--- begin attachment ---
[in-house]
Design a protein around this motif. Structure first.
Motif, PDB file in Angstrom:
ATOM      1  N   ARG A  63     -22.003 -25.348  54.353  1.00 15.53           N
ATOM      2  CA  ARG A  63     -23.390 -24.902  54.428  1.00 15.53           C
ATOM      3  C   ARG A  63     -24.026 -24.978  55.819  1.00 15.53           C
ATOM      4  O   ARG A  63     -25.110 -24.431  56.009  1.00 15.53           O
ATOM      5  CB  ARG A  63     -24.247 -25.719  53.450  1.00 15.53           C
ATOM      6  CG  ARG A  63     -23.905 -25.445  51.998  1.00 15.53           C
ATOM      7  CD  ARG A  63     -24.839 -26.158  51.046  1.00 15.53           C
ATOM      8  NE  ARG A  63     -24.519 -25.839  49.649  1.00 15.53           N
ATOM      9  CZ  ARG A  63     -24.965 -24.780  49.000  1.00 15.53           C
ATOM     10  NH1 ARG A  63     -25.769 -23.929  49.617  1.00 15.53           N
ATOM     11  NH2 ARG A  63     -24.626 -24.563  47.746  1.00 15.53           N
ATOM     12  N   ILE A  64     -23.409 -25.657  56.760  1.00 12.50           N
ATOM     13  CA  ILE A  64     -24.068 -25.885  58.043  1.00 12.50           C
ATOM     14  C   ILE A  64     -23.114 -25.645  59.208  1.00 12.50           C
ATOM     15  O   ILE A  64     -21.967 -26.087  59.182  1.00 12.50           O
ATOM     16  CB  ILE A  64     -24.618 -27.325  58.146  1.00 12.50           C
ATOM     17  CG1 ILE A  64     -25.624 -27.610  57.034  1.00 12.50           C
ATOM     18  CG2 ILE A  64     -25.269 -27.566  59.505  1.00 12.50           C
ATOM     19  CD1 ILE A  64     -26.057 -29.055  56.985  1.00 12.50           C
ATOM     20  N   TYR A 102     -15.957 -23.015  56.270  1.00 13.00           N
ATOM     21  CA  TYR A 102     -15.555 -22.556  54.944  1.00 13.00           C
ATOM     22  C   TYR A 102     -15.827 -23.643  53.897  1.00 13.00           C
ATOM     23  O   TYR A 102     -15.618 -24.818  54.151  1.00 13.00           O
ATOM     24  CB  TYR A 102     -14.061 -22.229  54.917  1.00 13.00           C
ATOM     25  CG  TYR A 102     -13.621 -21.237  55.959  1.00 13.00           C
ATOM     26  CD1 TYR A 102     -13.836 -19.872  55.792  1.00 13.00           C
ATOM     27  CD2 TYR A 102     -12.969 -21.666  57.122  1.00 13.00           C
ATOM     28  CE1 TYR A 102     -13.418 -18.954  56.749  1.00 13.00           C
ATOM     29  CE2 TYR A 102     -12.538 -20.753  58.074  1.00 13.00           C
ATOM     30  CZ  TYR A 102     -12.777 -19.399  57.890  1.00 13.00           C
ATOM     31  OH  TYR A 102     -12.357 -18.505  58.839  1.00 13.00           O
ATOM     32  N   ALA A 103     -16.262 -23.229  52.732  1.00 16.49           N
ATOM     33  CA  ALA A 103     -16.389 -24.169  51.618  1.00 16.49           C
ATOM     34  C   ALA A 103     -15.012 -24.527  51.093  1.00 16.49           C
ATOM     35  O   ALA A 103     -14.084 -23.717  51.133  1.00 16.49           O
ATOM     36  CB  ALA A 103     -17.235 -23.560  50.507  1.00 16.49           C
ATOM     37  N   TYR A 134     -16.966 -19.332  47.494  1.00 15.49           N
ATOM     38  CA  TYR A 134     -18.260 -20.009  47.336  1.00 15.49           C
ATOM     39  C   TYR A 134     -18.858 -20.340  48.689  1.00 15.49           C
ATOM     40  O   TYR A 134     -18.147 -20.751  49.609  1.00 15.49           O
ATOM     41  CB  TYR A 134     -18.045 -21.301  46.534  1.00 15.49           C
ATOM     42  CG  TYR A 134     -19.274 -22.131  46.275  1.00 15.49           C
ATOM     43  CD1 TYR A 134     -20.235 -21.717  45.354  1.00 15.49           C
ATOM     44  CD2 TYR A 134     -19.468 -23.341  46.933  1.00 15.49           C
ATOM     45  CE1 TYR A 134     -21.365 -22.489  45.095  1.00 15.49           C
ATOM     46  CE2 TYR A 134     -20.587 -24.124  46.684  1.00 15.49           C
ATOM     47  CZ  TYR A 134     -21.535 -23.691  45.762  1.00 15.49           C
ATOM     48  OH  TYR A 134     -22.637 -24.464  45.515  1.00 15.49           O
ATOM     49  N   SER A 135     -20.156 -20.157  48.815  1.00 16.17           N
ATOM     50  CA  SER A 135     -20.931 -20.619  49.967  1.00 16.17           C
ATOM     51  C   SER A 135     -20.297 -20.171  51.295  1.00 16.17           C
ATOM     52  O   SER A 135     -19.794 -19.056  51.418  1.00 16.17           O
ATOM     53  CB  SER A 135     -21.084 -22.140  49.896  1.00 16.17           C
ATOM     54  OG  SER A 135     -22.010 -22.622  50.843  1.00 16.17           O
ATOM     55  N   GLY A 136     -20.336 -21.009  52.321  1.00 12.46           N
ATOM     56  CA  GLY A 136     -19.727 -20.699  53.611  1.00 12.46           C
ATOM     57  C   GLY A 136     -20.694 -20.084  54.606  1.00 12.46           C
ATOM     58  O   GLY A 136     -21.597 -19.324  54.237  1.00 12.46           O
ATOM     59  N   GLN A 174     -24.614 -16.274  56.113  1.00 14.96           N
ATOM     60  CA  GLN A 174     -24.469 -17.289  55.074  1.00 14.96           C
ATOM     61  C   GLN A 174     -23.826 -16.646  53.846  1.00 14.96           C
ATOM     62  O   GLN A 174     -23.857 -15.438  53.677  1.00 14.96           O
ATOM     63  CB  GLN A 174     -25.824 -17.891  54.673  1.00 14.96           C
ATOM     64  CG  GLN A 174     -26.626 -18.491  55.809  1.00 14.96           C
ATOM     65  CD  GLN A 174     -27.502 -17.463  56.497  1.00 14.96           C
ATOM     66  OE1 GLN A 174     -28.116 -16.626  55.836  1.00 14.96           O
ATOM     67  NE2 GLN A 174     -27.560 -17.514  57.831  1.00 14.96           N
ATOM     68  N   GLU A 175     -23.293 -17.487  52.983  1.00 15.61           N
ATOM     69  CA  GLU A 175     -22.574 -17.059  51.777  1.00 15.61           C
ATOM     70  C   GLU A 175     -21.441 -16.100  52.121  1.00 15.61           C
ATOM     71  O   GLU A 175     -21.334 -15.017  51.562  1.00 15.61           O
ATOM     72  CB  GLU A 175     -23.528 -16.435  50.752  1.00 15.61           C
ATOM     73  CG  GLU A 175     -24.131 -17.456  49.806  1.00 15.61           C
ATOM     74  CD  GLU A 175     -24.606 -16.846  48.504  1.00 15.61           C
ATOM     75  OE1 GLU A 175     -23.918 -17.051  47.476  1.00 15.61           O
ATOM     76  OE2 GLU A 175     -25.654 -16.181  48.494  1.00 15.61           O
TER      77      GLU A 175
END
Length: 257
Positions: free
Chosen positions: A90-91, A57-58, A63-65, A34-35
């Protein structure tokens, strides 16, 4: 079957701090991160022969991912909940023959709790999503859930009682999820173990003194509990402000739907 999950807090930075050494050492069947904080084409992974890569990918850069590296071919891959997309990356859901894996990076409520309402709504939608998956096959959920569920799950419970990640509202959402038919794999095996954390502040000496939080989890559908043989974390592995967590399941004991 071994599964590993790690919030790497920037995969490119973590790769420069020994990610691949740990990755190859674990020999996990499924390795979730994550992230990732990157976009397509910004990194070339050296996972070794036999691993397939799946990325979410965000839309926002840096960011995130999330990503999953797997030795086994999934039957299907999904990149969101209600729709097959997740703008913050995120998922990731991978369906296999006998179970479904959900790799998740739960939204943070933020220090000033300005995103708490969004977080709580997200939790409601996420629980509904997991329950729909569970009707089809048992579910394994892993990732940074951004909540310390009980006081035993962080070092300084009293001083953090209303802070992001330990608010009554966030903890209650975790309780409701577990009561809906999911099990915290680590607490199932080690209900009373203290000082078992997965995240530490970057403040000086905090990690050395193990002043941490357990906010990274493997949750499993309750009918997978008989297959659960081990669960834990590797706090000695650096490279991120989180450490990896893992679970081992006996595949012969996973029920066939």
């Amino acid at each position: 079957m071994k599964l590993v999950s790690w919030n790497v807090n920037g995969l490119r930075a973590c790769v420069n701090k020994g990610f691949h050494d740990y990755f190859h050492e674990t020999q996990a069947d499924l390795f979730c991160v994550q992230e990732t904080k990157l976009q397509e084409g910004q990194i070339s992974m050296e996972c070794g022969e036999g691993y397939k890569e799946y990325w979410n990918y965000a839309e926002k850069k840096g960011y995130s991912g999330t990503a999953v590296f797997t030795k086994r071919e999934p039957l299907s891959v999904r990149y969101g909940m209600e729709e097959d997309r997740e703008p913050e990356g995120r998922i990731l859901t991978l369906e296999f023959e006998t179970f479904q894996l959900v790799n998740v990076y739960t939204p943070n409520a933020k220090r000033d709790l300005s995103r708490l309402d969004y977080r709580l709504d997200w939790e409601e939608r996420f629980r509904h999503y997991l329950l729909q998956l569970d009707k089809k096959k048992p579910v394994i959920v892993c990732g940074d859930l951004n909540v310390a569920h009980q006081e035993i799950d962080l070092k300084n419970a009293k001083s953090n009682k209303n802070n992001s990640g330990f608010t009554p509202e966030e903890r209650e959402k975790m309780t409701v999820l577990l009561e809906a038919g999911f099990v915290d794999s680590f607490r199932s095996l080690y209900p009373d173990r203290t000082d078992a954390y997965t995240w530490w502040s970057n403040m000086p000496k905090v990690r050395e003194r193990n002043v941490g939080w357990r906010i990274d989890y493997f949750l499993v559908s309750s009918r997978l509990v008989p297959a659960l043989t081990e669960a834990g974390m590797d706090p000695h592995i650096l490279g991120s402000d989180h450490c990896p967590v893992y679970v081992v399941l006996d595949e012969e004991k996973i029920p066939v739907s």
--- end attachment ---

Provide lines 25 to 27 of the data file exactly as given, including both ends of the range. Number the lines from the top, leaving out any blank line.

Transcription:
ATOM     22  C   TYR A 102     -15.827 -23.643  53.897  1.00 13.00           C
ATOM     23  O   TYR A 102     -15.618 -24.818  54.151  1.00 13.00           O
ATOM     24  CB  TYR A 102     -14.061 -22.229  54.917  1.00 13.00           C